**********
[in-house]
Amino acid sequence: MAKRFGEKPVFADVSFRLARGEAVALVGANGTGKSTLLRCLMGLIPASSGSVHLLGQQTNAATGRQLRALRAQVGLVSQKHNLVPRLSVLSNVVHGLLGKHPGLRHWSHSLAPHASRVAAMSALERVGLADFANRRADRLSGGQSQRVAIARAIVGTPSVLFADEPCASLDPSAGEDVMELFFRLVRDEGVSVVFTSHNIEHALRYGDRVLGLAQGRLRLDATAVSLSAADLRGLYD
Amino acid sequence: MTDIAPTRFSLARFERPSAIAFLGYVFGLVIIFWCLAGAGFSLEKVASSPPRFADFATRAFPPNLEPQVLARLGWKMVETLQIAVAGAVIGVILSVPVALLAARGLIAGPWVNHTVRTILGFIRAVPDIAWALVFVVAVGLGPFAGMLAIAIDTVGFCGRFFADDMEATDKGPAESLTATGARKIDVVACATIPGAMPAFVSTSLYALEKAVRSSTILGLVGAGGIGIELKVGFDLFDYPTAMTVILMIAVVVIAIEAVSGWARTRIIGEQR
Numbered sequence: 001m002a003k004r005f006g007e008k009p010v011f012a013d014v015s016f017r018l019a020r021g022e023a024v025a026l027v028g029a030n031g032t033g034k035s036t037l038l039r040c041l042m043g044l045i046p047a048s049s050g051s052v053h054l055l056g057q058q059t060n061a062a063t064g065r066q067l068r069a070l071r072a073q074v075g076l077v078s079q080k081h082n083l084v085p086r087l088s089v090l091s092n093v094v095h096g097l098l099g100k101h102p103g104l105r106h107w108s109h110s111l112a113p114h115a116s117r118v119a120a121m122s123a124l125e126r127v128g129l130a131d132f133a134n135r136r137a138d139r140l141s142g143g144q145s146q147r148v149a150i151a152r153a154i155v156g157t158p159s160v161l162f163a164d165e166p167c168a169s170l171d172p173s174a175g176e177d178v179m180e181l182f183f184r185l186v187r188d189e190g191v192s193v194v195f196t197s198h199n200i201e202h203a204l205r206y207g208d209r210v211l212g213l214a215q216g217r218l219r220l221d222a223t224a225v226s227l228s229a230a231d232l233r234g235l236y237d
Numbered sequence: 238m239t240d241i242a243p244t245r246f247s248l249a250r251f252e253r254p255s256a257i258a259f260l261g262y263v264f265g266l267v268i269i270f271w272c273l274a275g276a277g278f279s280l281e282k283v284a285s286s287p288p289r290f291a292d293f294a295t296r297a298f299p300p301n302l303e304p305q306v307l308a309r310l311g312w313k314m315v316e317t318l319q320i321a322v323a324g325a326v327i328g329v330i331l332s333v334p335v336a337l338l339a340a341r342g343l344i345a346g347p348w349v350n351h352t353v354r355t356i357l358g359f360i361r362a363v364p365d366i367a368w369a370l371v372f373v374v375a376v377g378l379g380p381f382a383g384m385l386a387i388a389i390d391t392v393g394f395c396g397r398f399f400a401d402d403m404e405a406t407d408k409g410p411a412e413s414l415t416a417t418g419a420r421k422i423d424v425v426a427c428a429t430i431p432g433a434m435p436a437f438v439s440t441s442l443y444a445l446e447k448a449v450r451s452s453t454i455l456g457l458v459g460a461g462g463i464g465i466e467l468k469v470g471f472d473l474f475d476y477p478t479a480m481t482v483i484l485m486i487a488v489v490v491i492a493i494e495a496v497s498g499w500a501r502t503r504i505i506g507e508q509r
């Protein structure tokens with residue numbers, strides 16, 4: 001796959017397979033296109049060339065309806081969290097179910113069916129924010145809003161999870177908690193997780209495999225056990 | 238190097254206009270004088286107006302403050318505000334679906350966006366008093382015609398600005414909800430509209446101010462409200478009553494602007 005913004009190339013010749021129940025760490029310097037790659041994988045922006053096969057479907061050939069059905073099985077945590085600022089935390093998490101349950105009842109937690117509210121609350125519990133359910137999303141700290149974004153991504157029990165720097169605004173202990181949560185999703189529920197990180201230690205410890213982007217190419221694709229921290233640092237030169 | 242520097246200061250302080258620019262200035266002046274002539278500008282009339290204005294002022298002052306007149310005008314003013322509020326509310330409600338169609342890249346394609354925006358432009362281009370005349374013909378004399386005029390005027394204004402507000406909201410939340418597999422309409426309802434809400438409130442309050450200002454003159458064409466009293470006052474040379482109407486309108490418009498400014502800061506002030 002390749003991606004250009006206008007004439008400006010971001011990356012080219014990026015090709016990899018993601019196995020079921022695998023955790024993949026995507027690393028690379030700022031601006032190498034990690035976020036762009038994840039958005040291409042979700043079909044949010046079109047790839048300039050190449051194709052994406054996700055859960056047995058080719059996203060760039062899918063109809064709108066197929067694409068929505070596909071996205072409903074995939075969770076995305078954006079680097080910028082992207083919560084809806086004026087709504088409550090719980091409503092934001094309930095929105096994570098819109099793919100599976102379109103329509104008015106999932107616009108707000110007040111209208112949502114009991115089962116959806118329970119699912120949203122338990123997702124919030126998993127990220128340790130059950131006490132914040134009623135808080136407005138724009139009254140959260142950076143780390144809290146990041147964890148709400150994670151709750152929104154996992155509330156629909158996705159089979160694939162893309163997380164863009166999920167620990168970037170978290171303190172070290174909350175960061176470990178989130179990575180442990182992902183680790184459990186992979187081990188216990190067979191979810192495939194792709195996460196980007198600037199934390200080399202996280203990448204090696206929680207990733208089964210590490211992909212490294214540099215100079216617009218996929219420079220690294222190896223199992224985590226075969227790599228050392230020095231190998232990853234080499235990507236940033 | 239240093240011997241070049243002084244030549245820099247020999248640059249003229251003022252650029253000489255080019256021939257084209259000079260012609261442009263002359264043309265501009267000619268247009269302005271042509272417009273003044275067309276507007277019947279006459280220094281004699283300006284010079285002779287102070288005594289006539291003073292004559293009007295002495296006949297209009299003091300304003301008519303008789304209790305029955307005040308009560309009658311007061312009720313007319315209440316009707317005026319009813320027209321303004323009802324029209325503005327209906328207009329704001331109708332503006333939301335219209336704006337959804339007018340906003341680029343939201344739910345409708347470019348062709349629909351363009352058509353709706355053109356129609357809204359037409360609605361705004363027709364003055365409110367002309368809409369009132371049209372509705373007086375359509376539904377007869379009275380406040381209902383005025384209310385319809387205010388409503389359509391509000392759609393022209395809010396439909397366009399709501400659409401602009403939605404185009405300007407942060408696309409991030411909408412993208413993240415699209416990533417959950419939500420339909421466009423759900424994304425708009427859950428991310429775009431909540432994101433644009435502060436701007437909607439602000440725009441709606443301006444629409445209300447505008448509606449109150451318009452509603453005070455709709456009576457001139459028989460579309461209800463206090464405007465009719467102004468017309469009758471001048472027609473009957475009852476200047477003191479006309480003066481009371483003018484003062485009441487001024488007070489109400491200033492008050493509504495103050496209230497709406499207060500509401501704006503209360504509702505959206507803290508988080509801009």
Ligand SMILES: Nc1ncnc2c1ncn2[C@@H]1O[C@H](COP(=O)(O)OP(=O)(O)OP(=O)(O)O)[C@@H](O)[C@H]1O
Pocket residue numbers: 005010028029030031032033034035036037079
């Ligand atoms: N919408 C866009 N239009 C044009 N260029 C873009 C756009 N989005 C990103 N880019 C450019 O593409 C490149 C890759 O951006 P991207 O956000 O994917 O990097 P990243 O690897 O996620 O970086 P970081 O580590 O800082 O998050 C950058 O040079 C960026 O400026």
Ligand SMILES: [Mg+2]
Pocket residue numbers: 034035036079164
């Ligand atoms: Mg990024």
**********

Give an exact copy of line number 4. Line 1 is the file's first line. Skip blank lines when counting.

Numbered sequence: 001m002a003k004r005f006g007e008k009p010v011f012a013d014v015s016f017r018l019a020r021g022e023a024v025a026l027v028g029a030n031g032t033g034k035s036t037l038l039r040c041l042m043g044l045i046p047a048s049s050g051s052v053h054l055l056g057q058q059t060n061a062a063t064g065r066q067l068r069a070l071r072a073q074v075g076l077v078s079q080k081h082n083l084v085p086r087l088s089v090l091s092n093v094v095h096g097l098l099g100k101h102p103g104l105r106h107w108s109h110s111l112a113p114h115a116s117r118v119a120a121m122s123a124l125e126r127v128g129l130a131d132f133a134n135r136r137a138d139r140l141s142g143g144q145s146q147r148v149a150i151a152r153a154i155v156g157t158p159s160v161l162f163a164d165e166p167c168a169s170l171d172p173s174a175g176e177d178v179m180e181l182f183f184r185l186v187r188d189e190g191v192s193v194v195f196t197s198h199n200i201e202h203a204l205r206y207g208d209r210v211l212g213l214a215q216g217r218l219r220l221d222a223t224a225v226s227l228s229a230a231d232l233r234g235l236y237d